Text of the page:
Dr Rodney Ho, an expert in biomedical science and pharmacology based at the University of Washington in the United States who led the research, tells Spotlight the study wanted to address a seemingly impossible question.

“Can we make three incompatible oral antivirals – tenofovir, lamivudine (which are water soluble) and dolutegravir (which is oil soluble and water-insoluble) – compatible and create a long-acting drug combination injectable product? With creativity and hard work, our team finally found a way to make this happen,” he says.

He explains that the three drugs were bound to lipid (fatty) nanoparticles using DcNP technology, which stabilises them so that the combination of drugs do not get released at the injection site immediately. Instead, the drugs are taken up by the body’s lymph and lymph nodes, which allows the drug to be metabolised within the body’s cells, which host the HIV virus, before it is taken up in the blood stream.

“As a result of this intentional design, LA-TLD has now provided data verifying that we are able to provide the necessary long-acting drug profile while achieving targeted drug exposure in cells and tissues of interest for an extended time,” Ho says.

“These results verified that a stable and scalable long-acting product, previously considered impossible, is now proven to be possible. This novel LA-TLD product can be administered via subcutaneous injection and will reach therapeutic drug levels within hours (not days which is needed for CABENUVA – LA-CAB and LA-RPV taken as HIV treatment). Thus, two-month oral leading doses may not be necessary,” he says.

Challenges around long-acting formulations

Osuala says there are several scientific challenges when it comes to long-acting formulations. This includes ensuring that: the drugs remain stable when released over long periods of time; sustained drug release is maintained; and the biocompatibility of the materials used in the product. Other challenges include issues around drug potency, as the amount of drug required for the formulation depends on its potency; as well as the cost and access to the formulations, as it is currently expensive to develop and manufacture which may hinder the accessibility of these products in low-and-middle-income (LMIC) countries.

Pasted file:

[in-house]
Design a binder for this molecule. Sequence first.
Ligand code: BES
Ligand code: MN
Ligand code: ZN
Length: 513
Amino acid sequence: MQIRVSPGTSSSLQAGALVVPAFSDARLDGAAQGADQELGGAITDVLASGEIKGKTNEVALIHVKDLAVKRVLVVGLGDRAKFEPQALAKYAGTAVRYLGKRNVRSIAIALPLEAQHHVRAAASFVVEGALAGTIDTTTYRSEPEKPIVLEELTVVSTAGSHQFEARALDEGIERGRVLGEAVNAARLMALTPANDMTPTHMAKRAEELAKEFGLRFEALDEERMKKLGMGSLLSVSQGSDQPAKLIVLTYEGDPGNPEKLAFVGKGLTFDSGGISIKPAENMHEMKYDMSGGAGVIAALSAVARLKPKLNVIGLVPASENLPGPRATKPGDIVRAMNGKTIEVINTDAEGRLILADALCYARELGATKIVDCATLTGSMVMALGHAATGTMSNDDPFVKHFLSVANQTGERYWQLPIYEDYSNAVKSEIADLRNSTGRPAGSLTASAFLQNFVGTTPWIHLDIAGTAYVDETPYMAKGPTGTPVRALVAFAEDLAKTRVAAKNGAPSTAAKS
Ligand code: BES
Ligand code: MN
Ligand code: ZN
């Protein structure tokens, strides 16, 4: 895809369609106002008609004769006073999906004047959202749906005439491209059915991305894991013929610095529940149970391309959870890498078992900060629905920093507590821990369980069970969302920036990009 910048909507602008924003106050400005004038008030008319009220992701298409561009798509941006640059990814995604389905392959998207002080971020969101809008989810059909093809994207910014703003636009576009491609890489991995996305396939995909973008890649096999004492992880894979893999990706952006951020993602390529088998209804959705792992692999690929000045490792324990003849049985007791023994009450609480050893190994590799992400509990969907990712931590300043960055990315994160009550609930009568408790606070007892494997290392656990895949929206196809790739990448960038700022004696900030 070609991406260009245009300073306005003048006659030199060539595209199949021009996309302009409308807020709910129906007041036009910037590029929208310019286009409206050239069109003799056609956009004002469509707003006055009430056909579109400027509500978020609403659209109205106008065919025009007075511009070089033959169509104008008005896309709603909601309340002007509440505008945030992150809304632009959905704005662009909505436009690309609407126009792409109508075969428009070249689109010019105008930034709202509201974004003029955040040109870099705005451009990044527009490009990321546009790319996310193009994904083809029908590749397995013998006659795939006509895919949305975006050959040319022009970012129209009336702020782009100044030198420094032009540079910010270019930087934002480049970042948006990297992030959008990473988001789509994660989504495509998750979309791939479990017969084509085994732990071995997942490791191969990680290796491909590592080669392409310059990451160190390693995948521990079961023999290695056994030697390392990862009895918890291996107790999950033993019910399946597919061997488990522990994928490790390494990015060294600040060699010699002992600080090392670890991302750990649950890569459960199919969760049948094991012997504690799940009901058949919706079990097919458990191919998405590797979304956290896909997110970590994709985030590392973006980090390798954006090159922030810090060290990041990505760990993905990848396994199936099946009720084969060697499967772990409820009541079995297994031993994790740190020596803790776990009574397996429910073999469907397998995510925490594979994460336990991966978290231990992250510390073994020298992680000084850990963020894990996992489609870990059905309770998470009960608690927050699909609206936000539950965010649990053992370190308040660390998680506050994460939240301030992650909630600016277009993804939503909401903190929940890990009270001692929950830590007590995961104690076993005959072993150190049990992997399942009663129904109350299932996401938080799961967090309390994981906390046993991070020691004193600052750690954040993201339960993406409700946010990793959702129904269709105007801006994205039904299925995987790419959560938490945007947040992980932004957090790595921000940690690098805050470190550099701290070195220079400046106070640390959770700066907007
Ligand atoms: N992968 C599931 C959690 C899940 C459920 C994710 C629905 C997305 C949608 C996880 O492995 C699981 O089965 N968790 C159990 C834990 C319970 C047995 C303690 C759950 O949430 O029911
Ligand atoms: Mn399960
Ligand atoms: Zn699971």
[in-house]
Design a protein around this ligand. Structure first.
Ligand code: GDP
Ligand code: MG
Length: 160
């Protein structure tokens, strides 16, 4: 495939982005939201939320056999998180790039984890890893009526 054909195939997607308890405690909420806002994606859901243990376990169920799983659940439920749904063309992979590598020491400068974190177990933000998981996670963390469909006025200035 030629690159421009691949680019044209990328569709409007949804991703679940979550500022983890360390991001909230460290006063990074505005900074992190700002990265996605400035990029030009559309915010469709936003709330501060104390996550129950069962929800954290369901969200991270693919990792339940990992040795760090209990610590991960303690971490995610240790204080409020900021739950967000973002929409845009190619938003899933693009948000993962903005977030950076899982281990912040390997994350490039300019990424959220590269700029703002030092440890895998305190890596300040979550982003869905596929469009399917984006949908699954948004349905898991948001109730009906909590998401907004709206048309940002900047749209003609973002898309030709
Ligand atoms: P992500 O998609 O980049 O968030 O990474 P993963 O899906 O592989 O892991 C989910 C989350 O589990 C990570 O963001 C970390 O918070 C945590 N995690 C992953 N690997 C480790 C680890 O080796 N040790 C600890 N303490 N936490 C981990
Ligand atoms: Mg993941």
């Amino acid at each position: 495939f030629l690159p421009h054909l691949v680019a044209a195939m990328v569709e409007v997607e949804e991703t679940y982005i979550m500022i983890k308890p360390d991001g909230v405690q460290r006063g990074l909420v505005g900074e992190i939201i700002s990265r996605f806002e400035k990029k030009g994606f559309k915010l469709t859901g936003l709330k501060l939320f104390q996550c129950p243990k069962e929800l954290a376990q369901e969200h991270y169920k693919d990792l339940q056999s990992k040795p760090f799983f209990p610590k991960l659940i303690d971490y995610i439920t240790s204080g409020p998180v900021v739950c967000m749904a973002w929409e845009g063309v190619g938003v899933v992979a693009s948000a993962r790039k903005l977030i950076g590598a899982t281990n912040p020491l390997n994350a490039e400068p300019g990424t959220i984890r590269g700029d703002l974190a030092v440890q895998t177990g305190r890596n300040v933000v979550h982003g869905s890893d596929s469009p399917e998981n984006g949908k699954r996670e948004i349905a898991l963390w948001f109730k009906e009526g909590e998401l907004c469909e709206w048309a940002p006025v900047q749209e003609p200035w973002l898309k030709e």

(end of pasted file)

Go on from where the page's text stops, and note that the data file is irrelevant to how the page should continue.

Further challenges, according to Naidoo include the added complication that if adverse events occur for long-acting injectables, “one cannot simply stop taking the medication like one can with daily pills” since the drug will continue to be released into the body. One way to reduce this risk is through having an oral lead-in period where the drugs, like cabotegravir and rilpivirine that are set to be injected are first taken in pill form for four weeks, which can be stopped if an adverse event like hypersensitivity, an allergy or a severe side effect occurs.

Other challenges include the cold-chain storage requirements that some long-acting formulations and injections have, Naidoo says, “which can be challenging in LMIC settings so formulations without cold chain needs are needed.”

“The development of long-acting injectable formulations are a complex, time-consuming, and costly process. One of the challenges in the development of long-acting injectable formulations is the limited selection of ‘polymers’ and ’excipients’ (materials used to formulate the long-acting injectables that are available). As a result, some innovator companies develop proprietary excipients for use in long-acting injectable formulations, which can delay the development of generic long-acting injectable products,” she adds.